Scriver also spoke of the debating club first organized at the schoolhouse on Oct. 1, 1856. (Fortunately, minutes of this Lyceum Society have been preserved. Scriver was the first treasurer, while town founder, John W. North, was the first president.) One of the first debate topics was “female suffrage,” and Scriver said, “Thus early did this great question agitate the minds and hearts of the community. It was difficult to find anybody to take the negative, for the male sex especially felt that the great necessity of the house was for the immigration of the fairer sex. Young men and old bachelors, therefore, were spoiling to have women vote, and every inducement was offered to get them here.” (The Oct. 22, 1856, minutes indicated that the society, “with the assistance of the ladies, decided in the affirmative,” after which everyone sang, “There’s a Good Time Coming.”)
The debating society was outgrowing the schoolhouse and John North offered property for a Lyceum building in April of 1857. (This building at 109 East Fourth St. is now Northfield’s oldest structure.) The first meeting at the new site took place on Nov. 4, 1857. Scriver said in his 1876 speech, “The long winter evenings were spent in debate, music, readings, original papers, etc. Of course, we had some astonishing bursts of eloquence, for genius felt in this free air untrammeled.” The Lyceum was also used as a library, reading room, site of occasional church and town meetings and a practice room for a choir.
Scriver told the old settlers, “As we felt the necessity of the civilizing influence of music in our semi-savage state, a band of young men was formed, led by John Mullin. Time hung heavy; money and girls, two prime necessities of life, were scarce.” Consequently, the principle was that even a counterfeit bill should not be refused, because “it helps to make trade lively. Keep it circulating.” As for the lack of females, Scriver said, “If a sleigh ride was gotten up, a sort of lottery was resorted to, and sorry was the poor wight [person] who was not paired off.”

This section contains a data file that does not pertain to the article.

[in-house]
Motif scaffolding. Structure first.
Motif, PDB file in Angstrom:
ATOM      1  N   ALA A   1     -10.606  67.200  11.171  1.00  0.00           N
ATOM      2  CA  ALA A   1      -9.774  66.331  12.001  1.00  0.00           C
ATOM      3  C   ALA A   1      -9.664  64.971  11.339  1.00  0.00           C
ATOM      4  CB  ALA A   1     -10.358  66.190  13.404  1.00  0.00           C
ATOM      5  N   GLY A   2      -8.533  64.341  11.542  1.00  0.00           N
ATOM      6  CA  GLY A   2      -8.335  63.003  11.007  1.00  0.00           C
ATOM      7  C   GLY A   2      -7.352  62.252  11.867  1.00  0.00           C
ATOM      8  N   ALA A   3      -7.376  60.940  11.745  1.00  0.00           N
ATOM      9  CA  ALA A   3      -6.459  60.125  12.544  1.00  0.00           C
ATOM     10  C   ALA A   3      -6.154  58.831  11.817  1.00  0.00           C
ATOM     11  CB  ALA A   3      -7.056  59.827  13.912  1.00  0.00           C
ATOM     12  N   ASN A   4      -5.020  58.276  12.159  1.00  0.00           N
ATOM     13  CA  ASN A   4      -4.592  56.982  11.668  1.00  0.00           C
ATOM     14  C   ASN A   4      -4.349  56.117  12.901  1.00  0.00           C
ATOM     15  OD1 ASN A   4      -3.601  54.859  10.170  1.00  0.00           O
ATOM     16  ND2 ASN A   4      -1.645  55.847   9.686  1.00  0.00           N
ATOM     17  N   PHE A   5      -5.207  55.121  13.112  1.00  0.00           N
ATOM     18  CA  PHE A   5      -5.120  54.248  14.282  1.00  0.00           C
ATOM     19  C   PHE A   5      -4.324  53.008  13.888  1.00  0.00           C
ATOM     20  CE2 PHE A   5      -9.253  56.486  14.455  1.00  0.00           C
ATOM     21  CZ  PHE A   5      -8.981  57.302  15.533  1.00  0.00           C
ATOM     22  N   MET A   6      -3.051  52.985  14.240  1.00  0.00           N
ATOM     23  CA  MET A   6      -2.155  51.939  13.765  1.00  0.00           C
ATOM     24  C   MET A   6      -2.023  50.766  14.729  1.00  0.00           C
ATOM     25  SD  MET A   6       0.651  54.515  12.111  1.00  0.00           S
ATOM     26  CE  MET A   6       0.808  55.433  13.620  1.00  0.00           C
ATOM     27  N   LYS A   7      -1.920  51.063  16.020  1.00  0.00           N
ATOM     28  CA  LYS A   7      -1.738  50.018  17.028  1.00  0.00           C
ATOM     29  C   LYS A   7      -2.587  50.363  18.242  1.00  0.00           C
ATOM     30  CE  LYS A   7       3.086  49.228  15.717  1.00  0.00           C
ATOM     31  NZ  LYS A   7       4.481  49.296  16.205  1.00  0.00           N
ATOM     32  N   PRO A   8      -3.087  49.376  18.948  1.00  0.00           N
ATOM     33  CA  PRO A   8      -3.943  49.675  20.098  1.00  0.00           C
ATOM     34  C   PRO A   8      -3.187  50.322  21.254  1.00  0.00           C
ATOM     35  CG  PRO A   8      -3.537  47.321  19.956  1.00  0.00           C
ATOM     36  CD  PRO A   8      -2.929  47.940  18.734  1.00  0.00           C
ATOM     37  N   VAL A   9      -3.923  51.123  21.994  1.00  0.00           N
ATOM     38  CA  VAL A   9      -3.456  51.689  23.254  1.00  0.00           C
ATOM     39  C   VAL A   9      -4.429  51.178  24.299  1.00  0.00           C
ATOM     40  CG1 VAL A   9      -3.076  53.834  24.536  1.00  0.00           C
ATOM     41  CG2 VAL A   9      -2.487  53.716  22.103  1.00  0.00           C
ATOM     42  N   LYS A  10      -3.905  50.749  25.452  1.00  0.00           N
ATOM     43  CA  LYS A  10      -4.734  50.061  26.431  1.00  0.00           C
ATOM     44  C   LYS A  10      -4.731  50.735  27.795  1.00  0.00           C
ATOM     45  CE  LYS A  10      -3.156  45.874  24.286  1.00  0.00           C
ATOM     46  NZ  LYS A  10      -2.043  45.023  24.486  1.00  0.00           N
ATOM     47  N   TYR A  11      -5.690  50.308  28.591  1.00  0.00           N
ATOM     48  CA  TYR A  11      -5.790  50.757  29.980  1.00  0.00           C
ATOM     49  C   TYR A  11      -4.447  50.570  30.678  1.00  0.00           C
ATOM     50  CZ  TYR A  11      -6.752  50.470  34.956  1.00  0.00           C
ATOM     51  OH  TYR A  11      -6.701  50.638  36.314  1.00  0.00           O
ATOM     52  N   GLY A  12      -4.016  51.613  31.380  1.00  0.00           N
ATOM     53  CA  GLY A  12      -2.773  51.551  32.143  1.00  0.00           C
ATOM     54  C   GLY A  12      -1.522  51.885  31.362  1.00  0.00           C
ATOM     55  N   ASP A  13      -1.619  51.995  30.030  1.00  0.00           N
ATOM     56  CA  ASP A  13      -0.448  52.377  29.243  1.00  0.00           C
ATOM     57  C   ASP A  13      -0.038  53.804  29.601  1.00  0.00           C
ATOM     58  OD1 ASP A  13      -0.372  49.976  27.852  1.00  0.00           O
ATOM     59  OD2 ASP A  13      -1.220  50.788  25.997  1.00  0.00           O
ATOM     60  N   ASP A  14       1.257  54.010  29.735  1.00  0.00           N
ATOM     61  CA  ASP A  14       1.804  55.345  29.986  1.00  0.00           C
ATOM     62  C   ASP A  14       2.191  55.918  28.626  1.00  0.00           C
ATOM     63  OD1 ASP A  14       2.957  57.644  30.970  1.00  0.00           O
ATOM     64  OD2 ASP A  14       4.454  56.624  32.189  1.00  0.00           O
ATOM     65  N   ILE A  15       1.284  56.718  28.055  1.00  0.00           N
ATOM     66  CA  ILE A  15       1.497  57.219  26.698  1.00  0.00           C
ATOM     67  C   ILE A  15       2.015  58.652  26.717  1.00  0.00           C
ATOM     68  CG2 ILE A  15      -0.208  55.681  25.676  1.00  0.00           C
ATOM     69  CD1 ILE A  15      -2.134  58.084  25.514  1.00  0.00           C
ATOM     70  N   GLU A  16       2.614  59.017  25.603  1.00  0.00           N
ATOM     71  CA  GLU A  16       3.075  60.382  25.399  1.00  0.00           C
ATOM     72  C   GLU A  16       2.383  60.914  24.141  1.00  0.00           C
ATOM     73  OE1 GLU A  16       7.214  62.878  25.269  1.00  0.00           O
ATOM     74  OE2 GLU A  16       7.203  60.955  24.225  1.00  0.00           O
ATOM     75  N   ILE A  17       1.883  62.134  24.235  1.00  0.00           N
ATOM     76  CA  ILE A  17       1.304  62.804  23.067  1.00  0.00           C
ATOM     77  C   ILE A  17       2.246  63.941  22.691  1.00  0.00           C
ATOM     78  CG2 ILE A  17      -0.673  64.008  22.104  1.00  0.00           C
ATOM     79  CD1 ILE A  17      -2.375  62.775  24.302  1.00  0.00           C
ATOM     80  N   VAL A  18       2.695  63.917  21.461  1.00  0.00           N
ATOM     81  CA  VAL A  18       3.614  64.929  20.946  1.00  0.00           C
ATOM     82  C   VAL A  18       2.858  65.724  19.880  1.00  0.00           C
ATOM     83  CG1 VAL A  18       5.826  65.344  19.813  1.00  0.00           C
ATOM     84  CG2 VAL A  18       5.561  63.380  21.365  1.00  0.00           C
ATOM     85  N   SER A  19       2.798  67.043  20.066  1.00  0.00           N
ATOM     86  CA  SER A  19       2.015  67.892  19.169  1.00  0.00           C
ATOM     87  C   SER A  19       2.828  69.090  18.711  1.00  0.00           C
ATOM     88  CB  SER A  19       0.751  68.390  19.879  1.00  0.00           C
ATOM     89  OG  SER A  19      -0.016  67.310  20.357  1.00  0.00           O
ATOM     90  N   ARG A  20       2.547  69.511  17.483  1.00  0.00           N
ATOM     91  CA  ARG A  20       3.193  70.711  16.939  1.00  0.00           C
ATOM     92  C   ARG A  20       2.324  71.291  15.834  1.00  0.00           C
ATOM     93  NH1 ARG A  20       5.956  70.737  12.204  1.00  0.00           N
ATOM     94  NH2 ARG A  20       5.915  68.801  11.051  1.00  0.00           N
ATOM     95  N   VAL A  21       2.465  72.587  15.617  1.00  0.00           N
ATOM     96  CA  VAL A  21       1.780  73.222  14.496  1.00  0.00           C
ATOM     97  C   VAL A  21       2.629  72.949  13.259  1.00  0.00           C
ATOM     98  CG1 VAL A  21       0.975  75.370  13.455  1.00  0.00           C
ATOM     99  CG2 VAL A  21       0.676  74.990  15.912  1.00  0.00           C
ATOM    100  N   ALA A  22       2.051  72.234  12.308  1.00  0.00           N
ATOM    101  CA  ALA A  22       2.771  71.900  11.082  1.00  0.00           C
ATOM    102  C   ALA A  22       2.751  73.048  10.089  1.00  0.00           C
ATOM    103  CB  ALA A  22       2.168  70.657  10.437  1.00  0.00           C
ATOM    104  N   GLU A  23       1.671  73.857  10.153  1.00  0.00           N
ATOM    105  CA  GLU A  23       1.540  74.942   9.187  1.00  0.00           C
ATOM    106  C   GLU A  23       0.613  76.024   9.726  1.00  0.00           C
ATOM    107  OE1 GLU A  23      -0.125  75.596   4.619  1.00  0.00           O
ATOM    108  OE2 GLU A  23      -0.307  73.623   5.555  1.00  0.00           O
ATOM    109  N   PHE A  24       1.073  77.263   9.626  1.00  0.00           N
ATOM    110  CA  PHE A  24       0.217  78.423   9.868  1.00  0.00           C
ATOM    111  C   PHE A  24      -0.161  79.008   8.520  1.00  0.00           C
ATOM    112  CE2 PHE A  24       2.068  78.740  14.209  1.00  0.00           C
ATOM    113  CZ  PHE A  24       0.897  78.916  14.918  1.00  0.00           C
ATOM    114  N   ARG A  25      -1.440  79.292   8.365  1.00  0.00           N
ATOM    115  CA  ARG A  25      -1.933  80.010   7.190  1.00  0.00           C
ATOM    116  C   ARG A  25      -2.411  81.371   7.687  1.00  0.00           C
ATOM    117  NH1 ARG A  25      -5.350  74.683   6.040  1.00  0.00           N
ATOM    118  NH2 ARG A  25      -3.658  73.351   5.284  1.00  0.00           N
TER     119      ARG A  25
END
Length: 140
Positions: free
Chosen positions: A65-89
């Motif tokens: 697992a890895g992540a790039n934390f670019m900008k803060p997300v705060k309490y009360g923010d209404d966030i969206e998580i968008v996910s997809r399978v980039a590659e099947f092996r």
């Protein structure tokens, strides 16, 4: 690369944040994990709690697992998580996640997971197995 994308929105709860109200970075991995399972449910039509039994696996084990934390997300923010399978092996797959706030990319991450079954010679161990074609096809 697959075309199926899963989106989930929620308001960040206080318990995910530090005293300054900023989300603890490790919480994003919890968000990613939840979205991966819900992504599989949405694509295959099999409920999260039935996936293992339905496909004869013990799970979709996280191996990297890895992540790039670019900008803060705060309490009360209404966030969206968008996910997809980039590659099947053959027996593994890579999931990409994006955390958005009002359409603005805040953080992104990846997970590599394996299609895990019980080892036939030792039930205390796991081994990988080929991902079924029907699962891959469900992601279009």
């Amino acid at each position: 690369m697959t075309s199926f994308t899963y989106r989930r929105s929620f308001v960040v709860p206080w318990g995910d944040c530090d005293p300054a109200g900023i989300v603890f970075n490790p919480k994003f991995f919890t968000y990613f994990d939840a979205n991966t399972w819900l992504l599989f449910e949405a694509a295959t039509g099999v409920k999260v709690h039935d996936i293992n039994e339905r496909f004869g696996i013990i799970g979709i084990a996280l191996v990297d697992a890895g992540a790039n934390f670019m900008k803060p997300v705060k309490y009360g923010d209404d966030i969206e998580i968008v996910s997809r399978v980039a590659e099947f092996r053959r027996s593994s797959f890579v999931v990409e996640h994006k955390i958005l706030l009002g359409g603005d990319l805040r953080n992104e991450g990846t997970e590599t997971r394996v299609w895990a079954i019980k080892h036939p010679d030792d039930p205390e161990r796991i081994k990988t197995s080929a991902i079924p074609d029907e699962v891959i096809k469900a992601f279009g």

Scriver also talked of “those severe winters which gave our state such a bad reputation” in the East: “Mr. Jenkins had a boarder who froze his toes while asleep in bed with his feet near a window.” Scriver described the boarders at the two hotels in town as a “turbulent, roistering, good-natured and withal complaining, whining crew” whose “sluggish blood” was stirred by “scant fare and tough beef.” These boarders enjoyed teaming up on any “poor traveler who happened along.” At the dinner table, one man would distract the traveler, while another would be swiping “his pie or cake, or any little delicacy.” Overcoat pockets would be rummaged through “and bottles were sure to be confiscated for the public good.”
Scriver then recounted an incident in the spring of 1857, when the river was at flood stage and “a young man ventured to go over the dam,” swamping his boat and nearly drowning. When the man was hauled up onto the bridge, his landlord walked up to the “almost lifeless body” and kicked him, saying, “I’ll teach you to go and drown yourself until you have paid me your board.”
Scriver’s facility with words (and general amiability) served him in good stead during the years when the Lyceum Society was flourishing. Positions were rotated within this society every month and Scriver filled every one of them, but he was at his best as secretary. When the Jan. 14, 1857, debate topic was “Resolved: That dancing is a proper amusement for young persons,” Scriver recorded that the resolution was carried in the affirmative, 20-3, “after its discussion socially and politically, from Adam to our progenitors.” At the next meeting, Jan. 21, he wrote, “Singing was called for, but being like our thermometers subject to great variations. We are now suffering under the minimum of the fever, consequently the music was minus.” The debate topic that night was “Resolved: that territorial extension is the true policy of our government,” and Scriver noted that “Buckham advanced and rebutted his own arguments with equal favor and effect.” At the next meeting, Scriver wrote that when someone suggested that the president of the Society should furnish a song in the absence of the choir, the president was “excused upon the plea that his feelings would not admit of his inflicting unnecessary pain upon his fellow creatures.”